The Koorie Heritage Trust will host A Very Koorie Krismas this Sunday at Melbourne’s Federation Square to celebrate Christmas for both Indigenous and non-Indigenous Victorians.
The free event will host a series of activities for families as well as the Koorie Krismas Market which will showcase art and design from the Victorian Aboriginal and Torres Strait Islander community.
The markets will sell Koorie Krismas gifts such as jewellery, handwoven baskets, artwork, clothes and native bush products.
There will also be performances from Wergaia and Wemba Wemba singer-songwriter Alice Skye, Yorta Yorta Dja Dja Wurrung singer-songwriter Carissa Watts, Djirri Djirri Dance Group and IHHP (Indigenous Hip Hop Projects).
Part of the celebrations will include a visit from Koorie Klaus, an Indigenous version of the traditional Santa Klaus.
Koorie Heritage Trust Chief Executive Tom Mosby said they wanted to create an inclusive event that represented the existence of Aboriginal communities in modern Australian culture.
“It is recognising that Aboriginal people are and should be part of any contemporary celebration, any contemporary urban city like we have here in Melbourne,” he said.
“It’s about saying to people that as a community Aboriginal people celebrate Christmas, we celebrate all these major holidays, but here we’re presenting it with the black twist, we’re taking ownership of something.”
With many non-Indigenous Christmas events being held at this time of year, Mr Mosby said A Very Koorie Krismas is unique as it demonstrates contemporary Indigenous presence in an event that is historically non-Indigenous.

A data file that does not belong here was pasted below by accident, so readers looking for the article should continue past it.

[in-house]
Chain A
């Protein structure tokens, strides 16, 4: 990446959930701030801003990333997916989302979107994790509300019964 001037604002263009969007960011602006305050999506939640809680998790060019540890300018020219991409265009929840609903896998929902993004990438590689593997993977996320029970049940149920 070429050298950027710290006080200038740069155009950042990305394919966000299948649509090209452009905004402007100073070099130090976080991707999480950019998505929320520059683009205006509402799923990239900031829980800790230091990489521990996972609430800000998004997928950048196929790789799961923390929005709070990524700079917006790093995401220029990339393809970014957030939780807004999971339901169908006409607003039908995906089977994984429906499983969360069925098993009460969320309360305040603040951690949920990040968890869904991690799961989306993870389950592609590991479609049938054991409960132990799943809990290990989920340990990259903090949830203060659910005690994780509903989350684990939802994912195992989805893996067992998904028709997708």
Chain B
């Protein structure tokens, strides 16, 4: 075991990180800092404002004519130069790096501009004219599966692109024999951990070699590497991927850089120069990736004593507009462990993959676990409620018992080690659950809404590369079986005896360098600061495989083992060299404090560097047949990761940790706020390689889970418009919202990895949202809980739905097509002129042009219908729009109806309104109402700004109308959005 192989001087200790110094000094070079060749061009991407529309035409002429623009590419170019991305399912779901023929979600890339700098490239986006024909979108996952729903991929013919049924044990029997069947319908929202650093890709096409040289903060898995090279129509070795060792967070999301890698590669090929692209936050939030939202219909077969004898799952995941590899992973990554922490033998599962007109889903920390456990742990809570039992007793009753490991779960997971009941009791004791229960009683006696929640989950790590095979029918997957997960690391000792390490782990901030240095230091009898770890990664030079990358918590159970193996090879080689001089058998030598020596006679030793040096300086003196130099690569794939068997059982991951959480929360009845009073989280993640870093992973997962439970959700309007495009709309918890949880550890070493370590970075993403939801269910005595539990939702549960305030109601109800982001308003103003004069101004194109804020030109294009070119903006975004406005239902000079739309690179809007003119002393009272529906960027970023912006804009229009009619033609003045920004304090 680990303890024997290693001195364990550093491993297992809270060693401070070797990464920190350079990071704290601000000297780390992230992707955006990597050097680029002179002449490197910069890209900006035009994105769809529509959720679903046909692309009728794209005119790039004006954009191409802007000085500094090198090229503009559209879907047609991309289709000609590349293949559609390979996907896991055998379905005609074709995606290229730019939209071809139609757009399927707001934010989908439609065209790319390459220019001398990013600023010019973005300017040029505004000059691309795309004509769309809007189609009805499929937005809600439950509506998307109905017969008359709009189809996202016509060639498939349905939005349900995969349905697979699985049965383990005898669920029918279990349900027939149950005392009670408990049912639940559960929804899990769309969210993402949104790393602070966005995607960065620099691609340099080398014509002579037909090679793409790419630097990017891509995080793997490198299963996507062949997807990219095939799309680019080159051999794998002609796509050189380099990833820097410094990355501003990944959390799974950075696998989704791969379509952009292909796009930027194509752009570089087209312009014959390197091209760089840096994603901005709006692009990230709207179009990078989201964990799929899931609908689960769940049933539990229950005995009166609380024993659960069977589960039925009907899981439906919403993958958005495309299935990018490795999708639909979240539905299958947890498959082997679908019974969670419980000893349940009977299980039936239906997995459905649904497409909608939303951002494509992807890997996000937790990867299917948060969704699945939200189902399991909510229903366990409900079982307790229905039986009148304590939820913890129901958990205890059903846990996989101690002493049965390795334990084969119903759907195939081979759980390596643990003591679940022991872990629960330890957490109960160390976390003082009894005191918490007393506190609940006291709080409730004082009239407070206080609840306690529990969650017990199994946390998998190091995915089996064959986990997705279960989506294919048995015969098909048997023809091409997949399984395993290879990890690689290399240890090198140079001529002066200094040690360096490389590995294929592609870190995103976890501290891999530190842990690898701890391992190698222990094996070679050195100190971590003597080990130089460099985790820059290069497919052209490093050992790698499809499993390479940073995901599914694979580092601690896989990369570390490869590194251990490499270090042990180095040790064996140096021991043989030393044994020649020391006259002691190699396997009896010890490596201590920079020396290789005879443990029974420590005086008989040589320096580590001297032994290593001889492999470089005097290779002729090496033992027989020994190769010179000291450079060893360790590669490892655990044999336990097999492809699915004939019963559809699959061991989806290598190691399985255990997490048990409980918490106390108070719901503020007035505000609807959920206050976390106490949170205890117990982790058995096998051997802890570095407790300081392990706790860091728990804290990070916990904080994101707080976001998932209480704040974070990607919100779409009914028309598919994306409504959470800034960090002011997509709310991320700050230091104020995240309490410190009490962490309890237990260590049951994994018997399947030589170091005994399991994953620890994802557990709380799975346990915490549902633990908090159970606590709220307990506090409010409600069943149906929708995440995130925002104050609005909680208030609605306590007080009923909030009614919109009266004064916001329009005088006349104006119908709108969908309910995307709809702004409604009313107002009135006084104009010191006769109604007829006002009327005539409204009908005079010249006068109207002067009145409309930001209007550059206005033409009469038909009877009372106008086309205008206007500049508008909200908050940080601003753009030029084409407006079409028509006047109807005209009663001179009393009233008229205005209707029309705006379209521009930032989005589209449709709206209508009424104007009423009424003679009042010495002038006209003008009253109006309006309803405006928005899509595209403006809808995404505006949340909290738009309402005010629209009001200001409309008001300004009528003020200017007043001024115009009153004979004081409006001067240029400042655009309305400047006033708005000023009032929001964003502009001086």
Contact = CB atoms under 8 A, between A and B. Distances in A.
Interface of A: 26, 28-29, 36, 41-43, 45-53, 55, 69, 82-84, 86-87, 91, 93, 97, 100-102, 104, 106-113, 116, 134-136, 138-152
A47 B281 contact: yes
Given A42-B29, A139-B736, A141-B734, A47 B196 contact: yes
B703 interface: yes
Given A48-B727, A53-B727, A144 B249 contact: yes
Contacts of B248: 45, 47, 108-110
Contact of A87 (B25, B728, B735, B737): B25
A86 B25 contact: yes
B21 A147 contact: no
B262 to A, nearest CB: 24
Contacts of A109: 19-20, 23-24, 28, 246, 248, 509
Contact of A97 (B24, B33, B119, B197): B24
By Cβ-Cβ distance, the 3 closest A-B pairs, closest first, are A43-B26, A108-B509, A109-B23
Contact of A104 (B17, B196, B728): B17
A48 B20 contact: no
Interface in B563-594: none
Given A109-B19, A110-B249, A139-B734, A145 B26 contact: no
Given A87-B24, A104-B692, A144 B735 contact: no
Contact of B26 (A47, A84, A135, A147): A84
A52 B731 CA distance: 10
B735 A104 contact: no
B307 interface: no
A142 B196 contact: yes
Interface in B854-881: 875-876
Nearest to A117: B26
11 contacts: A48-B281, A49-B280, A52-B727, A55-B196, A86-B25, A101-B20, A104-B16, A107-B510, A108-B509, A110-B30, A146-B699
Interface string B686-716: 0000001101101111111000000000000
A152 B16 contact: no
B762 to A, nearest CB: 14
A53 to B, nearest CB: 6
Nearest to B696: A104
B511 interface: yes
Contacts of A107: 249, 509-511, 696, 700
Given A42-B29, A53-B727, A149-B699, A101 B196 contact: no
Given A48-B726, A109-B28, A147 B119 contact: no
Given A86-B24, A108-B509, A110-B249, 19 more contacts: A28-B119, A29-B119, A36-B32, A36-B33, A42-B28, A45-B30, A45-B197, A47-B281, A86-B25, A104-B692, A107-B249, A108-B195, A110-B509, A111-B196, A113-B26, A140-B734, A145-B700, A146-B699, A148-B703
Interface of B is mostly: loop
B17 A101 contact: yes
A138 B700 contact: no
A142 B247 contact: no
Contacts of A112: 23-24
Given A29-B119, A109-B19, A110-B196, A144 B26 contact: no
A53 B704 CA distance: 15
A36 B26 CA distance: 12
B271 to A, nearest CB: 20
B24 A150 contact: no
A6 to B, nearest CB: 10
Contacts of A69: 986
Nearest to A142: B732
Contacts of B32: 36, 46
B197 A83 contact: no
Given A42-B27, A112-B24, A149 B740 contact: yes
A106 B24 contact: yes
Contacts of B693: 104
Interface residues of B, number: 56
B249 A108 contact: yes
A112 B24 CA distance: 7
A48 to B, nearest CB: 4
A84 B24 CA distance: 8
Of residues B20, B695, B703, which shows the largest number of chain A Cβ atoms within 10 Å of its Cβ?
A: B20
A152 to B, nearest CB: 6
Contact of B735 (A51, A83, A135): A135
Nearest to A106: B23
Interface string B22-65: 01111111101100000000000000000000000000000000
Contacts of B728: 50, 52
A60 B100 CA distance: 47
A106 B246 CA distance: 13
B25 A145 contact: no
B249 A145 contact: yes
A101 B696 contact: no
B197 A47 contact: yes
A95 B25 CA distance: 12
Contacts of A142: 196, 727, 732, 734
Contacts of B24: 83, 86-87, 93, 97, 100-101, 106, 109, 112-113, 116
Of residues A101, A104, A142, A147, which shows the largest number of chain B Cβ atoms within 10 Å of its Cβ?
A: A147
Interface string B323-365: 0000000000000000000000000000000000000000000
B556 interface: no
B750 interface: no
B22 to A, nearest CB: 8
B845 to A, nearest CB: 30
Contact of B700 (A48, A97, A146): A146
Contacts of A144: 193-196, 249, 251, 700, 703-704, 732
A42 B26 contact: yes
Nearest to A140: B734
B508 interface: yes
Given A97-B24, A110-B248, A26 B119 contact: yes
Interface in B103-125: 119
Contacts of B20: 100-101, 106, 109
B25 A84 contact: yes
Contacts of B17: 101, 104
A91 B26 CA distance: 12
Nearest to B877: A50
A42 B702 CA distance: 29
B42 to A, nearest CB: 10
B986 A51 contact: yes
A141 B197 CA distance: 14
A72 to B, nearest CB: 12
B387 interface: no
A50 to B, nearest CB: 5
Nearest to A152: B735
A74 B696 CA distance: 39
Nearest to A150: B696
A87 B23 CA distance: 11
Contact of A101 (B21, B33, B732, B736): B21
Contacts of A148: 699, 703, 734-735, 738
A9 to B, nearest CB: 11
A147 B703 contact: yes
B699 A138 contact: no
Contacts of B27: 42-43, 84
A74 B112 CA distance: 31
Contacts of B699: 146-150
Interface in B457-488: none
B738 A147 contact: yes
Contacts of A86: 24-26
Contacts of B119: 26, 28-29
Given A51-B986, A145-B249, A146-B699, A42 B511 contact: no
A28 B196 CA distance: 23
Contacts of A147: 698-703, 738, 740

“We celebrate Christmas in all our different ways, different forms, and within the Aboriginal community we do that as well,” Mr Mosby said.
“What we’re looking at is a black takeover of Federation Square … each year they have the Christmas tree, they have Santa, it’s all very non-Indigenous.”
Mr Mosby said there is a public perception both within Melbourne and internationally that there isn’t a strong Indigenous presence in Victoria.
He hopes this event is a reminder to non-Indigenous Victorians that there is a thriving community within their capital city.
“A lot of people, not only internationally but also people living in Melbourne, tend to forget that there is a contemporary, alive, distinct Aboriginal community down here,” Mr Mosby said.
“Not everything is happening up north in Queensland or the Northern Territory or Western Australia … you actually have an Aboriginal community here as well.”
A Very Koorie Krismas will be held Sunday December 8 at Federation Square between 11am and 4pm.
By Sarah Mozley